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Increasing leg and back strength is critical to improving your golf game

Troy M. AndersonBy Troy M. Anderson,
Staff Writer

Glute-Bridge with pullover

Ever since Tiger Woods stormed onto the scene blasting the ball down the fairways, there has been a strong push for golfers to integrate strength training into their "bag" of fitness and conditioning regimens. From my perspective as a performance-enhancement specialist, it is wonderful to see athletes improving their performance through strength-training programs. However, strength training for golfers is only effective if it produces the desired results on the course. There are several key areas of the body in which increasing strength will help improve performance on the golf course. One of these areas is a set of muscles known as the posterior chain. In this article, I will describe how to strengthen this group of muscles.

The posterior chain consists of the following muscles:

Hamstrings -- Muscles on the back of the upper leg

Gluteals -- "Butt" muscles

Erector Spinae -- Muscles of the lower back

Latissimus Dorsi -- Muscles on the outside of the upper back

High levels of strength and flexibility in the posterior chain will greatly enhance your stability as well as your ability to:

Horse Stance perform a consistent address posture

perform powerful rotations of the trunk during the back swing and follow-through

perform a powerful rotation and extension of hips during follow-through maintain a consistent swing throughout the round, thus reducing fatigue distribute forces properly in order to reduce the potential for injury

Here are four exercises that will increase strength and flexibility in the posterior chain:

Glute-Bridge with pullover

Horse stance

Waiters bow

Overhead squat

Waiters Bow Exercise Protocol: Two or three sets of 10 to15 repetitions each of any two of the exercises two to three times per week. Increase your resistance only after you have perfected each movement.

Tips for making the exercises more effective:

Always stand with good posture.

Always slightly retract and depress your shoulders (press them down and back.) Maintain this position throughout the movement.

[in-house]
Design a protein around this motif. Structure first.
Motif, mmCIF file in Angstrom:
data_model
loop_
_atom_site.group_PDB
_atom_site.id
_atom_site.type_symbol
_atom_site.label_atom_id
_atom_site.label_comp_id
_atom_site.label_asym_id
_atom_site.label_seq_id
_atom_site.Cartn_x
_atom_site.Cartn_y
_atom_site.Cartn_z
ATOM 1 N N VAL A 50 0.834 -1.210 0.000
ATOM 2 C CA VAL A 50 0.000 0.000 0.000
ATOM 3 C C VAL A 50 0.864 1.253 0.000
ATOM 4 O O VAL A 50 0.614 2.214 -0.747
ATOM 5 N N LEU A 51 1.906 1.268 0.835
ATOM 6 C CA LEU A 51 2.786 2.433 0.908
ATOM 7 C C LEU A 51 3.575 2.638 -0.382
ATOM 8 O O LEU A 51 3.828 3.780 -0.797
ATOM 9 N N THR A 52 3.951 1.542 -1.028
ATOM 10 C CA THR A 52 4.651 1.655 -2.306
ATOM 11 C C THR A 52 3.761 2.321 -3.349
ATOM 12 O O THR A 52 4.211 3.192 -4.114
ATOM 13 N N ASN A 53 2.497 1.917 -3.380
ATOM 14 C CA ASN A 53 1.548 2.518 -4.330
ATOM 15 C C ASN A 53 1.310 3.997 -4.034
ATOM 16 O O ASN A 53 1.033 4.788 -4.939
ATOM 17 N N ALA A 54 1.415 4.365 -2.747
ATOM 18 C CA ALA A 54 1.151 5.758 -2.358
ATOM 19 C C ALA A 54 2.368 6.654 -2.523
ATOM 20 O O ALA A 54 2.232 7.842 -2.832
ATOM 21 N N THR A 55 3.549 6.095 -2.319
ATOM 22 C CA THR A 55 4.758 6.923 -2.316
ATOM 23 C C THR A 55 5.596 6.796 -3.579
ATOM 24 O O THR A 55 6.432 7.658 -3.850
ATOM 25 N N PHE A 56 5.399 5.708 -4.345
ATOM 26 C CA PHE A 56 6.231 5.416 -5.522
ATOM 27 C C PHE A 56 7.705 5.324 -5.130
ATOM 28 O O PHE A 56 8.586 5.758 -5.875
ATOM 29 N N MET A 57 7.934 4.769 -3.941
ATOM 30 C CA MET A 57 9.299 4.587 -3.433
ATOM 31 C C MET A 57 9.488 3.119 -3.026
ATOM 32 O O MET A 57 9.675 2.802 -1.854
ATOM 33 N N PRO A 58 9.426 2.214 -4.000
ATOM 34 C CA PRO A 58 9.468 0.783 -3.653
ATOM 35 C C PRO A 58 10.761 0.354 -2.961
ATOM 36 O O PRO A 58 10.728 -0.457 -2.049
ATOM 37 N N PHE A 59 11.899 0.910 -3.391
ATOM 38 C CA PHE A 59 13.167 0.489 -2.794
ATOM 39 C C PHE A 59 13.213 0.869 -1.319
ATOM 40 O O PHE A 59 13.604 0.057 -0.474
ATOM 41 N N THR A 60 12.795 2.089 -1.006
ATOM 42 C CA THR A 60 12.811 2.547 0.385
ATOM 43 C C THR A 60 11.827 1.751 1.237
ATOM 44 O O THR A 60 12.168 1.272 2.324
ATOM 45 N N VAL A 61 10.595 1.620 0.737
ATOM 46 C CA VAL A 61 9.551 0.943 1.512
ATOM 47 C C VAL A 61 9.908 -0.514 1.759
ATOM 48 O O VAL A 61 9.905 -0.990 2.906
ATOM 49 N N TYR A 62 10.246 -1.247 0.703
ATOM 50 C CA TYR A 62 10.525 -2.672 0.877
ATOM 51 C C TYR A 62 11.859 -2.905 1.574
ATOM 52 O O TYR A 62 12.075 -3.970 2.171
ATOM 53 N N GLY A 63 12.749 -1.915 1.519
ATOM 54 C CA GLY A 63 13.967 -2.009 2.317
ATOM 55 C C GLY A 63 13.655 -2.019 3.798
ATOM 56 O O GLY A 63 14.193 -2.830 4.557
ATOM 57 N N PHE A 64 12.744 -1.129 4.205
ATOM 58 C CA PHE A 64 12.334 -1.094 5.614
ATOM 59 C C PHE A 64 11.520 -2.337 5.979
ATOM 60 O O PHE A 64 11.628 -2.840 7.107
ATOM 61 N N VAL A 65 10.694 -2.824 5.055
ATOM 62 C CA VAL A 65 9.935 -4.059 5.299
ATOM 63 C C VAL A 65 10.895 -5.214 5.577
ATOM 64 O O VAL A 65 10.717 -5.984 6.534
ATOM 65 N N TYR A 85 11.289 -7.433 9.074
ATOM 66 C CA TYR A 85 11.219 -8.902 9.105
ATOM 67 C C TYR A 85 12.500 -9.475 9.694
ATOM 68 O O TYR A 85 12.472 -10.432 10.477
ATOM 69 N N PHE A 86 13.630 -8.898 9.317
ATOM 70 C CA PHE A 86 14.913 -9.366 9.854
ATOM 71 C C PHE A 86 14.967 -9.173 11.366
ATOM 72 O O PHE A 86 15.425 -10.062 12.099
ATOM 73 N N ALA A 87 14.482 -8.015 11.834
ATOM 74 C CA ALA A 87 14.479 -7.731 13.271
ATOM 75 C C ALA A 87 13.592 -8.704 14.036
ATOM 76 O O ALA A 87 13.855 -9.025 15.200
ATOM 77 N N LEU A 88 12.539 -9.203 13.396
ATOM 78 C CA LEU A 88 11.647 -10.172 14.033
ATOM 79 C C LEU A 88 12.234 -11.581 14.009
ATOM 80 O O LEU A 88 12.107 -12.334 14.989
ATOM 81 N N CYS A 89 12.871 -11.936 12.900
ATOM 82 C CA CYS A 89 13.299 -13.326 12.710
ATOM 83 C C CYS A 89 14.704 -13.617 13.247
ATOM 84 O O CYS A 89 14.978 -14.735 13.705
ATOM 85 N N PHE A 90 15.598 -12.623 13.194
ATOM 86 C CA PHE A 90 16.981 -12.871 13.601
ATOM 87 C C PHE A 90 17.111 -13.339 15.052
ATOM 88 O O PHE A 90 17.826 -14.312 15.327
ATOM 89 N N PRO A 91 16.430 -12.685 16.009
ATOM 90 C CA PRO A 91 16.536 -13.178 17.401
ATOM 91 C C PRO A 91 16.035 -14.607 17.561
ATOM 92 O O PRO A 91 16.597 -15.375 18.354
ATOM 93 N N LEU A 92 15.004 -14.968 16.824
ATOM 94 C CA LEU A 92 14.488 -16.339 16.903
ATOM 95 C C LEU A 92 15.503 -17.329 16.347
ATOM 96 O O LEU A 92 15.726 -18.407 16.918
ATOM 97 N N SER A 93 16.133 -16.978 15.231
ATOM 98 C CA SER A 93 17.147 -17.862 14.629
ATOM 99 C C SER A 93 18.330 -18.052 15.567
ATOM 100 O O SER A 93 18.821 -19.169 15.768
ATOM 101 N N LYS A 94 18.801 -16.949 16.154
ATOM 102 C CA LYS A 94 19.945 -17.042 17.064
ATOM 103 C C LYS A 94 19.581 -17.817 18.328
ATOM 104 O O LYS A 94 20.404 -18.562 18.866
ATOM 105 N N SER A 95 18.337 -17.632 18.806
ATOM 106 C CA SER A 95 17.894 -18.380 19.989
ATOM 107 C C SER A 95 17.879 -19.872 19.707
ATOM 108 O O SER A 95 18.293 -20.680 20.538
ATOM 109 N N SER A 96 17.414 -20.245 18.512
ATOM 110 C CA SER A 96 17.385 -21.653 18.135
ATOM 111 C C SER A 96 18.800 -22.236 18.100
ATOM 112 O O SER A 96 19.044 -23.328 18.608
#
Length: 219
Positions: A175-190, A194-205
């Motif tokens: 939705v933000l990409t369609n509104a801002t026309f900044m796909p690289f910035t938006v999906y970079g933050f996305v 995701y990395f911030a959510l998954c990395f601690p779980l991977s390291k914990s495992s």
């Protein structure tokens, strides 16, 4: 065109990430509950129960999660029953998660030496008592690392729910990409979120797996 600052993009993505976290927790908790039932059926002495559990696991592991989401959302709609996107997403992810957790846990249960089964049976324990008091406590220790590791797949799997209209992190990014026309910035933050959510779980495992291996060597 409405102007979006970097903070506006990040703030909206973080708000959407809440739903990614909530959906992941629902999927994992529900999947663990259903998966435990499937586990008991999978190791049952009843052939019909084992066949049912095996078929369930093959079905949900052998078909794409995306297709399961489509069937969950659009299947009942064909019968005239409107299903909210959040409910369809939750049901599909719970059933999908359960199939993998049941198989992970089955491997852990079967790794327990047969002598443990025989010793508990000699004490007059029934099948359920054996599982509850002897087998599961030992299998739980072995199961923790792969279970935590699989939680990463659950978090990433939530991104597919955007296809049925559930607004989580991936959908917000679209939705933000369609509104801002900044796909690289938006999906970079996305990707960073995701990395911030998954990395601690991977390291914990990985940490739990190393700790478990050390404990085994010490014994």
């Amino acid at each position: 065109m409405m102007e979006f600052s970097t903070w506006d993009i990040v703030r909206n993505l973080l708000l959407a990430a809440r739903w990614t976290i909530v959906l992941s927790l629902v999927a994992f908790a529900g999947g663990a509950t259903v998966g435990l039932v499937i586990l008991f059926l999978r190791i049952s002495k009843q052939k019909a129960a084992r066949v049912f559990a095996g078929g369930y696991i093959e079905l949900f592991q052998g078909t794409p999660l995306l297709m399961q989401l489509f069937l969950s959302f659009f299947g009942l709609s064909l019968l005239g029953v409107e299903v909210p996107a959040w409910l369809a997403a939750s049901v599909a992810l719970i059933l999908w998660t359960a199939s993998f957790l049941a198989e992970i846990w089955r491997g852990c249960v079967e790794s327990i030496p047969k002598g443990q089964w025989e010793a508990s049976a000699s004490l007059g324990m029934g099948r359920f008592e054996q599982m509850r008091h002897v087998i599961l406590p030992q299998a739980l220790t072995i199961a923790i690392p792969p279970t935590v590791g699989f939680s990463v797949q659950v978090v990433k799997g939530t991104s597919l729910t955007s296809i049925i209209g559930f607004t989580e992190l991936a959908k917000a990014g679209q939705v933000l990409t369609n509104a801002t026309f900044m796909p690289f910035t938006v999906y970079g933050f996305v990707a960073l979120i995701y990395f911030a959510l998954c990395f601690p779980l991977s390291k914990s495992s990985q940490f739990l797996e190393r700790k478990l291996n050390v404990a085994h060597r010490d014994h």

Practice the "Drawing-In Maneuver." This is a function of the inner musculature of the torso, the inner unit muscles. One of the inner unit's main functions is to stiffen the torso in preparation for work, e.g., lifting weights. The easiest way to learn to perform the "Drawing-in Maneuver" is to lie flat on your back, relax and perform diaphragmatic breathing. When done properly, your stomach should rise when you inhale and fall when you exhale. When your stomach falls, you want to hold that contraction. This is the most basic form of the "Drawing-in Maneuver."

Always to try to maintain a neutral spinal curvature, which means that you are neither overarching nor rounding your back.

Always try to keep your knees in line with the center of your feet. Don't let your knees cave in or bow out.

Start with no weight and perfect the movement, then choose a light weight.

Overhead Squat So there you have it. Four posterior chain exercises for golf-specific strength and stability that will have you well on your way to shooting lower scores! Enjoy.

NOTE: Before beginning any exercise or dietary program, consult with your physician to ensure that you are in proper health and that any exercise or dietary program you undertake will not put you at risk.

Troy M. Anderson, B.A., PES, CPT, IACPFT, is the owner of Integrated Evolution, LLC, in Tempe, Ariz. The No. 1 goal of Integrated Evolution is to provide individuals with solutions to their performance enhancement needs. For more golf fitness tips, subscribe to The Evolutionary at integratedevolution.org and download your FREE Reports The Eight Keys To Golf Fitness Success and How To Build The Perfect Athlete For Any Sport -GOLF. Troy maybe contacted at integratedevolution@cox.net or called at (480) 227-8090.

Troy M. Anderson, B.A., PES, CPT, IACPFT, is the owner of Integrated Evolution, LLC, in Tempe, Ariz. The top goal of Integrated Evolution is to provide individuals with solutions to their performance enhancement needs. For more golf fitness tips, visit integratedevolution.org.

 
Reader Comments / Reviews Leave a comment
  • leg mucles

    Leonard Daniel wrote on: Apr 17, 2007

    This is terific article and can be very helpful. However, is there something I can do to gradualy work into the program. 7 months ago I suffered a tear of the quad muscle and tendon from my knee cap. surgery reattached them through anchoring holes in the knee cap. 5 months of therapy has me mobile again, but my golf game is really being affected because I don't have the strength in my right leg to push off. suggestions?

    Reply